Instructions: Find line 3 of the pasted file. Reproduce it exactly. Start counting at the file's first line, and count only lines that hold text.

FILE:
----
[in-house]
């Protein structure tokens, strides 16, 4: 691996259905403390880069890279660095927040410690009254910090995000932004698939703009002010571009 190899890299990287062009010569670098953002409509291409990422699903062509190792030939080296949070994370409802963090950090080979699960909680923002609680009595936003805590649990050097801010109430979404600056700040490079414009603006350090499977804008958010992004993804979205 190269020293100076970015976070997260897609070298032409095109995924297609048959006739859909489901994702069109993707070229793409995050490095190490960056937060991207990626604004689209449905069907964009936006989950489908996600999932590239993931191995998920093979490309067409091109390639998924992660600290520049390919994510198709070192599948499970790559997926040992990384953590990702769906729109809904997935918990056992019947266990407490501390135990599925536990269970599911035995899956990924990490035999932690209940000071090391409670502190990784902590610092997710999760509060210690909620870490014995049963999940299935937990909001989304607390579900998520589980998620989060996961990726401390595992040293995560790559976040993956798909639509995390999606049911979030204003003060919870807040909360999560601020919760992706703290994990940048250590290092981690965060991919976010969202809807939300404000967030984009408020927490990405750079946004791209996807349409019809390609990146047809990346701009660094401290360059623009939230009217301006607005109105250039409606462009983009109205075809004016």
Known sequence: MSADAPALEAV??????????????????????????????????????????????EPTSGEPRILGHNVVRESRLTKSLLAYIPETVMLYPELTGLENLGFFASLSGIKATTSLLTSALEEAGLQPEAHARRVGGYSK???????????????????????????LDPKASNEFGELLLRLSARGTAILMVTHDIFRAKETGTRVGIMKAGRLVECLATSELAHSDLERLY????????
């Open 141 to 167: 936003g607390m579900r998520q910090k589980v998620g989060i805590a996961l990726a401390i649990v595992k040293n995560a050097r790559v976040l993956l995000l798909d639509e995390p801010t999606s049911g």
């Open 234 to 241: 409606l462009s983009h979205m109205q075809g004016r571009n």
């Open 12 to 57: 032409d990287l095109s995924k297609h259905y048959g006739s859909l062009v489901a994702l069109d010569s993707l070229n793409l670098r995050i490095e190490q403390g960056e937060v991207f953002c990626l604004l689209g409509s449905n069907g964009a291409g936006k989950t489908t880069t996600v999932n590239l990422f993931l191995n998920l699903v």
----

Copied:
Known sequence: MSADAPALEAV??????????????????????????????????????????????EPTSGEPRILGHNVVRESRLTKSLLAYIPETVMLYPELTGLENLGFFASLSGIKATTSLLTSALEEAGLQPEAHARRVGGYSK???????????????????????????LDPKASNEFGELLLRLSARGTAILMVTHDIFRAKETGTRVGIMKAGRLVECLATSELAHSDLERLY????????